According to the early results of a study from researchers at the University of Pittsburg Cancer Institute (UPCI) (PA, US), the findings of which were presented at The American Association of Cancer Research Annual Meeting 2017 (held 1-5 April 2017, DC, US), variations in the levels of particular immune cells in cancer patients may be associated with how well they respond to immunotherapy.
The research was an extension of the recently completed phase III clinical trial, CheckMate 141.
Checkmate 141, which was co-chaired by Robert Ferris (UPCI, US), demonstrated that the checkpoint inhibitor, nivolumab, significantly increased survival and resulted in fewer adverse events in patients with recurrent head and neck cancer.
As the treatment was not equally as effective in all the patients, however, Ferris and colleagues sought to discoverer whether differences in patients’ immune system profiles may be associated with the variations in responses to immunotherapy.
The team demonstrated that longer overall survival rates and an increased likelihood of response to nivolumab was associated with high levels of tumor-associated immune cells that expressed PD-L1 protein. Tumor-associated immune cells, which are tumor-infiltrating cells, are thought to play a crucial role in tumor growth.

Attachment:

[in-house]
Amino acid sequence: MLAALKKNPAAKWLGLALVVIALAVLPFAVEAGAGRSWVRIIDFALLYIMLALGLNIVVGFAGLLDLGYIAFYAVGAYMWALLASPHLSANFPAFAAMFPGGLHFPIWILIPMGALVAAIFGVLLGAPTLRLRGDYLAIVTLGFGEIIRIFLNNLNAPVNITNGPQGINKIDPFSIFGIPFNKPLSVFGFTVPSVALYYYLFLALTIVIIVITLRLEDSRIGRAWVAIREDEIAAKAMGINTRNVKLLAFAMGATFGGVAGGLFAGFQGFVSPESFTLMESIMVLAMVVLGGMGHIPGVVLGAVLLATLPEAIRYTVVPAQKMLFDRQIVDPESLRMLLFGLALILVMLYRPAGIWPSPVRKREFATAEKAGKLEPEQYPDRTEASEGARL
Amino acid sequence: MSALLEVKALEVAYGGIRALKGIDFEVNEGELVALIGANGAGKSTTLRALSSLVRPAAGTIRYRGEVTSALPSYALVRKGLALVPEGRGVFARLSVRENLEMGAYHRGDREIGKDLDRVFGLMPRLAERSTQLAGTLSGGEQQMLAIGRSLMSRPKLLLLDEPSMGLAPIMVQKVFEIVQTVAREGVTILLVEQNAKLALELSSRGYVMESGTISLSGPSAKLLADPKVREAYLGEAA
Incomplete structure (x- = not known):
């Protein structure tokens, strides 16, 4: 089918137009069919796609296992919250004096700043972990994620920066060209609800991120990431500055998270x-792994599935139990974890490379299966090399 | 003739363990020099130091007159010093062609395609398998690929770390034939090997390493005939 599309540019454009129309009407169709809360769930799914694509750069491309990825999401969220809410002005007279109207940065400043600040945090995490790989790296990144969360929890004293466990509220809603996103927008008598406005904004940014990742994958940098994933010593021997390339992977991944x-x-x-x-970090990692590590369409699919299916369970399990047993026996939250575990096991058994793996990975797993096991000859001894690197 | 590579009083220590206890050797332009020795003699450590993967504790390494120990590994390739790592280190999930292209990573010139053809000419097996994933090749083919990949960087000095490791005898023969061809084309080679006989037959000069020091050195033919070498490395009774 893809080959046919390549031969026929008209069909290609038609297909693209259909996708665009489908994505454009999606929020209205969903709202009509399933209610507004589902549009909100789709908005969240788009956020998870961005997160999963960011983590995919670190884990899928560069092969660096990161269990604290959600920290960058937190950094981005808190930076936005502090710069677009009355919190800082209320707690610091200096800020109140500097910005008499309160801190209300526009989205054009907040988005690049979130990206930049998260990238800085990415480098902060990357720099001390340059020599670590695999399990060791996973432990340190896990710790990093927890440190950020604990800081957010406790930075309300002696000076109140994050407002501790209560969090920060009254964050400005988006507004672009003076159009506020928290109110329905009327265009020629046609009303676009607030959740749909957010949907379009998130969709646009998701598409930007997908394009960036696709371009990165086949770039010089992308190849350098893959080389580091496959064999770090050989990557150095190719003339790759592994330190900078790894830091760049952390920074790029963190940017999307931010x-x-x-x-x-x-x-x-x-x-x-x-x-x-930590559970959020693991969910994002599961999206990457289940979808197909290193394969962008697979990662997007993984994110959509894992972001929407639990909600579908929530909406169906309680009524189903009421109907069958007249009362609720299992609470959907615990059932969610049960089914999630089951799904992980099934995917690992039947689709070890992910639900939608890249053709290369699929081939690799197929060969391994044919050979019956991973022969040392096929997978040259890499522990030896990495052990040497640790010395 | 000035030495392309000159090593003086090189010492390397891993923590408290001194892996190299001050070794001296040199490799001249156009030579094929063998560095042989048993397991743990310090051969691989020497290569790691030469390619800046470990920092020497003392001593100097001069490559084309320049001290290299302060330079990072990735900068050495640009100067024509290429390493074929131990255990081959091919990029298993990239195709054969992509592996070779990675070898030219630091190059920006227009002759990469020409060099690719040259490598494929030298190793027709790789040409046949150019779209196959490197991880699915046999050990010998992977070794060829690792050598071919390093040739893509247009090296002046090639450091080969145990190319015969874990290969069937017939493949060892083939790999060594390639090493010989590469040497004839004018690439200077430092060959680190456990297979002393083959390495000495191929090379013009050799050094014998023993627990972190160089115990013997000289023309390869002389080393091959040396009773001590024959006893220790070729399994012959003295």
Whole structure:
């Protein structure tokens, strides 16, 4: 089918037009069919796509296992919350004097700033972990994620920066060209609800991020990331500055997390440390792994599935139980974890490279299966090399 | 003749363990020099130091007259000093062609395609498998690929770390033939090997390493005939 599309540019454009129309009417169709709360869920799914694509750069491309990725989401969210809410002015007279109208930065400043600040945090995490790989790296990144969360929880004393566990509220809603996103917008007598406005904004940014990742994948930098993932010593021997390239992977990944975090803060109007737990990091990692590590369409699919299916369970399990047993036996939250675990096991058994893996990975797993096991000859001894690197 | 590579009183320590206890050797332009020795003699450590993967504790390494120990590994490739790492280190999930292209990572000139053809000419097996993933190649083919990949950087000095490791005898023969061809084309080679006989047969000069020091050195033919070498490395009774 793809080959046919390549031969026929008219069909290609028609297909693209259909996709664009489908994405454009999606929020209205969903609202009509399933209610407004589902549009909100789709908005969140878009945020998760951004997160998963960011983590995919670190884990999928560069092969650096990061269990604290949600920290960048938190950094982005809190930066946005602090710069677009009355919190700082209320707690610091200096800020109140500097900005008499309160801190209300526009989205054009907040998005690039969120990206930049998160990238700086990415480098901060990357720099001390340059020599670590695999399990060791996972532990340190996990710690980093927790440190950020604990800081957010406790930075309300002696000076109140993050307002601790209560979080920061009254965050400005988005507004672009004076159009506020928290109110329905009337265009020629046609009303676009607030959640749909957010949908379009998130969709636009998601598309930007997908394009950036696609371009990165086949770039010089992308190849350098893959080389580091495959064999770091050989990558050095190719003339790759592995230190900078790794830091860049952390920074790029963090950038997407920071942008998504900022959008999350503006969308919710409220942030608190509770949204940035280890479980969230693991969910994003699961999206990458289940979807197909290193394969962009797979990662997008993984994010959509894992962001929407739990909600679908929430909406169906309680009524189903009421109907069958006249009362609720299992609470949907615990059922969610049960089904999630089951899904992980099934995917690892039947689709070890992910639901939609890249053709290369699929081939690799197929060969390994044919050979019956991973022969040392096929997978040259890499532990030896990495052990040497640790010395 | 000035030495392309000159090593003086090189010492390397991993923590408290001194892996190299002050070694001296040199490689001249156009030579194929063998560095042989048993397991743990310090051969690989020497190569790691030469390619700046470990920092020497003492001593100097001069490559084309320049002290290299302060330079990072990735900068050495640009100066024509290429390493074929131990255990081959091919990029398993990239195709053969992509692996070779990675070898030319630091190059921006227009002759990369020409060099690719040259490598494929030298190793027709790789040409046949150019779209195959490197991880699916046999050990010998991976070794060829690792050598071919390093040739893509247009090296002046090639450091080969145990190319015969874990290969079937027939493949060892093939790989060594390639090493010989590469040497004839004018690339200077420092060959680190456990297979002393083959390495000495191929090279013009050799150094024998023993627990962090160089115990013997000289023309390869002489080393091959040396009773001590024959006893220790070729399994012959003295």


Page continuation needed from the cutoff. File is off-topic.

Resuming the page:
Researchers also noted that when testing blood samples taken prior to the patients beginning the immunotherapy course, patients with elevated levels of circulating cytotoxic CD8 T cells and reduced levels of regulatory T cells were associated with a more favorable response to treatment.
“Our study shows that immune cells in the microenvironment around the tumor could play a critical role in how patients respond to immunotherapy. By determining the nature of these cells and how they are affected by treatments, we may be able to significantly improve the effectiveness of current therapies and help a greater number of patients,” stated Ferris.